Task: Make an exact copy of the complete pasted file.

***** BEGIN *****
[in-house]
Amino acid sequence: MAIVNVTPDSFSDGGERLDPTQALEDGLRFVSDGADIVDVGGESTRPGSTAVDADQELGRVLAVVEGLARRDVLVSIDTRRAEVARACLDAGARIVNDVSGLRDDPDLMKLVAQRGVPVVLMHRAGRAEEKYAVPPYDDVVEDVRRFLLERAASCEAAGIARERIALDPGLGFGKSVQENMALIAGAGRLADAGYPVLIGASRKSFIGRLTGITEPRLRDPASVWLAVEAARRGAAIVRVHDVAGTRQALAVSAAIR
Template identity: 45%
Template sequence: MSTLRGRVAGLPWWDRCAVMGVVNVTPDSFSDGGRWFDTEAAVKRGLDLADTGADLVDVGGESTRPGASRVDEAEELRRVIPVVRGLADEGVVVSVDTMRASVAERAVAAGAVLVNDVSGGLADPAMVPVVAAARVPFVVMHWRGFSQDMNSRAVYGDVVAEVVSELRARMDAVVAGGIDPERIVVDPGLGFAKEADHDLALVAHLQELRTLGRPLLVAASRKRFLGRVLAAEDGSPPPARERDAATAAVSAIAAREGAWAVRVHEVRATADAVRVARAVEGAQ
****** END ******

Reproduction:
[in-house]
Amino acid sequence: MAIVNVTPDSFSDGGERLDPTQALEDGLRFVSDGADIVDVGGESTRPGSTAVDADQELGRVLAVVEGLARRDVLVSIDTRRAEVARACLDAGARIVNDVSGLRDDPDLMKLVAQRGVPVVLMHRAGRAEEKYAVPPYDDVVEDVRRFLLERAASCEAAGIARERIALDPGLGFGKSVQENMALIAGAGRLADAGYPVLIGASRKSFIGRLTGITEPRLRDPASVWLAVEAARRGAAIVRVHDVAGTRQALAVSAAIR
Template identity: 45%
Template sequence: MSTLRGRVAGLPWWDRCAVMGVVNVTPDSFSDGGRWFDTEAAVKRGLDLADTGADLVDVGGESTRPGASRVDEAEELRRVIPVVRGLADEGVVVSVDTMRASVAERAVAAGAVLVNDVSGGLADPAMVPVVAAARVPFVVMHWRGFSQDMNSRAVYGDVVAEVVSELRARMDAVVAGGIDPERIVVDPGLGFAKEADHDLALVAHLQELRTLGRPLLVAASRKRFLGRVLAAEDGSPPPARERDAATAAVSAIAAREGAWAVRVHEVRATADAVRVARAVEGAQ